Red line photo gallery

By Matt Jones and Hassan Nicholas, 18, L.A.C.E.S. and 17, Hamilton HS
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Quiet, clean and on time—that's the Metro for you.
Photo by Matt Jones, 18, L.A.C.E.S.

We always do the same thing: hang out at the mall with friends, eat and see a movie. After a while, walking around the mall gets boring, so hopping on the Metro Red Line seemed like a good move—it was easy, cheap and a change of pace.

We began our trip on the Red Line in North Hollywood. Getting out there was pretty easy, but to our surprise, we were just barely able to find a parking space. Whoever said no one takes the Metro? The architecture of the station was beautiful, colorful and very inviting.

We were pretty excited to jump on the subway but first we had to buy tickets. You have to stick your dollars into these annoying machines. Several of the machines did not work and continuously spit our money back at us. After five minutes we finally had our tickets—$2.70 round trip. Down we went into the subway—but this was no smelly, dirty, crowded New York-style subway. The ride was on time, smooth and clean with a lot of available seats, very different from regular MTA buses. As we rode along, we peered out at the beautifully decorated subway stops—in one Hollywood stop, the walls and ceiling were covered with thousands, maybe even millions, of tin film reels. It looked dope.

Our first stop was Pershing Square. With its mixture of executives, homeless, pigeons, traffic and buildings towering over you, you feel like you’re in a city at Pershing Square. There’s a beautiful fountain at one end of it with many interesting sculptures, however the homeless people might make you feel pretty uncomfortable.

We then walked over to the Central Library on Grand. The building was huge and there were a lot of people walking around. There were several different sections for books, a gift shop and an eating area. The eating area had a Panda Express and a Deli, however both are pretty expensive. The most interesting part of the library was TeenScape, the teen center on the second floor. Teenscape features a cyber café with at least 20 high powered, stylish computers, books, CDs, and magazines for teens and a sort of lounge area where we saw several of the teens watching a movie.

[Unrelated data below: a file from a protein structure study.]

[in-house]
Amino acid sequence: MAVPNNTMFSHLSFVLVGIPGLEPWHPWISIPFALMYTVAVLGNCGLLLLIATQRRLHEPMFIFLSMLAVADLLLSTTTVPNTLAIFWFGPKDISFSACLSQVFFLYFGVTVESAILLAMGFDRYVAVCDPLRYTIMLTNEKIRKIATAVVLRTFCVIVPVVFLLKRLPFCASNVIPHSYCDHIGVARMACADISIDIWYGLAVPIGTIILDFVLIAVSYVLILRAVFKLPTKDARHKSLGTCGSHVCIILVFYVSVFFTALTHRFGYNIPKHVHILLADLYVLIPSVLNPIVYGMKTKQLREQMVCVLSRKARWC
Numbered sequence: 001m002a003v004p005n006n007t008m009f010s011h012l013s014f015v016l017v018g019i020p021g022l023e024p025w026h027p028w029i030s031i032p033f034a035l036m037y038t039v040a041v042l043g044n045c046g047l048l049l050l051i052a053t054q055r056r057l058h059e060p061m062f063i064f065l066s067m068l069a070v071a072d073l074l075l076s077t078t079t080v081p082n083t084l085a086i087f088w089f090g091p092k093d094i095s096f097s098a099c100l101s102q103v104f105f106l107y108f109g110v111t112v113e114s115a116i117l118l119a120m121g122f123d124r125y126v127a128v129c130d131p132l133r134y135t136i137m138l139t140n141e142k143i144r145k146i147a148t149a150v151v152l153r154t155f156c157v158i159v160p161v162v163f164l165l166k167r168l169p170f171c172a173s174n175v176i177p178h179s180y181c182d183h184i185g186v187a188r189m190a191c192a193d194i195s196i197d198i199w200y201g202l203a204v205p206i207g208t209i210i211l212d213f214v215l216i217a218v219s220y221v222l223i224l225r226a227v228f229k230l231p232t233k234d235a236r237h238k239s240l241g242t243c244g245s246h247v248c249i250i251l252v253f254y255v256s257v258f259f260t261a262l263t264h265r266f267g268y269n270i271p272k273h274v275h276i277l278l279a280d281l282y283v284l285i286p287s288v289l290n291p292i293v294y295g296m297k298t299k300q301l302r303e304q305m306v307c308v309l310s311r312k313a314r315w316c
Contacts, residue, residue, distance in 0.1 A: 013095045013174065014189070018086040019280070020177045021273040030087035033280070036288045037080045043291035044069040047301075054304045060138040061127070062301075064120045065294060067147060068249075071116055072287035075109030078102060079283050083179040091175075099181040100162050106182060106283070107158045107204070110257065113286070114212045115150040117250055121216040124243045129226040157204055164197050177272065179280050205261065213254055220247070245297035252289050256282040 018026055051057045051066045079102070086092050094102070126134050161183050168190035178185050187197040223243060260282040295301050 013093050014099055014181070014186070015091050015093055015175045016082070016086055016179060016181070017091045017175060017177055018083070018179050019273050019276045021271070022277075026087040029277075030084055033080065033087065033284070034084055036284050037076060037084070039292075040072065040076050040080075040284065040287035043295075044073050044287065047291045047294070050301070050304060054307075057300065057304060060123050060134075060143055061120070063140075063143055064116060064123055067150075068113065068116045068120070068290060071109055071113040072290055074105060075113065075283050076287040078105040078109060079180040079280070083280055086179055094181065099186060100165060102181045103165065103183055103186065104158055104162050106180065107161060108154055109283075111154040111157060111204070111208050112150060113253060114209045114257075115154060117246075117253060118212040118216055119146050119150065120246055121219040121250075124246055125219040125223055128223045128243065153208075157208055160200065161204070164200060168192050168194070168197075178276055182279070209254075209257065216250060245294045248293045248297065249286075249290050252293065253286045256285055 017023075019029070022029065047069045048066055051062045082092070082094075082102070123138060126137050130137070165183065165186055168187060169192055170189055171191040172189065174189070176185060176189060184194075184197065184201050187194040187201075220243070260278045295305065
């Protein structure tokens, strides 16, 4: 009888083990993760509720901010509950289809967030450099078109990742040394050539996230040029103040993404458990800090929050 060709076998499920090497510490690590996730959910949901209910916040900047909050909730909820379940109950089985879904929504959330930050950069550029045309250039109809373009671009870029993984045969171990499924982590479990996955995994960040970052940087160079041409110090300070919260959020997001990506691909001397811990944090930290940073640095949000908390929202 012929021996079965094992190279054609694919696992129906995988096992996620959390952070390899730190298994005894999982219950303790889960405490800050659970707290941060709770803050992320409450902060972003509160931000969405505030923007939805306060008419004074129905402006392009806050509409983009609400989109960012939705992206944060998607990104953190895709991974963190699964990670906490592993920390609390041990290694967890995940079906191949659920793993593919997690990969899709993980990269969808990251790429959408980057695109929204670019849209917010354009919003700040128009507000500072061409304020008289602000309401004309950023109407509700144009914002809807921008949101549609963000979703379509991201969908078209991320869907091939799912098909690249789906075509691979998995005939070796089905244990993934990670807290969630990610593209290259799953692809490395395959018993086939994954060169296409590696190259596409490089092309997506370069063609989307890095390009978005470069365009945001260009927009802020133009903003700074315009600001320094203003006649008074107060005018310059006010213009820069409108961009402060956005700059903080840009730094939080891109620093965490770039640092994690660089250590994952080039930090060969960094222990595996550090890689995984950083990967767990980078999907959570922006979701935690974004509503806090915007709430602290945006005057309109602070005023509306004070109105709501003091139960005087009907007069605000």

(Hassan: Nice design—it lacked those bright childish colors they usually put in the "kids" area.

Matt: There were way more teens there than I expected and they all seemed to be about my age. I am not a library type of person, but if I lived a little closer I’d definitely check it out from time to time.)

Being cheap, Hassan and I found a McDonald’s across the street under the Arco Tower. There was also a Taco Bell, juice stand, and several other inexpensive places to eat. We grubbed for about five dollars each.

We jumped back on the rail headed for Hollywood. One tricky thing about the Metro—you have to keep an ey on which train you get on. Make sure it’s going the right direction.

(Hassan: If you guys weren’t here, I would’ve been lost.)

We got off at Hollywood and Vine and walked along to the next station at Hollywood and Highland. Along the way we passed the Egyptian Theatre, the Wax Museum, Ripleys Believe It Or Not, the Mann Chinese, the Pantages, the Capitol Records Building—we saw it all.

Matt: It was more fun than I expected. I’ve lived in Los Angeles all my life, but I don’t think I have ever spent more than a couple hours in Hollywood. But if you are looking for another cool place to just hang out, shop or go to the movies, you have found it.

Hassan: Hollywood is perfect for goofing around. There’s a lot of see, especially if you want to buy wigs and lingerie or get a tattoo. (Visit my favorite shop, Crossroads, for cool urban gear.) You’ll see Goths, gangsters, families—all kinds of people. Tourists wander around confused, with Sony cameras and maps. There are weird people, like the guy who told me I could change history by drawing on his art pad. It’s lively. I think I might have caught a glimpse of Michael Jackson, but I’m not sure.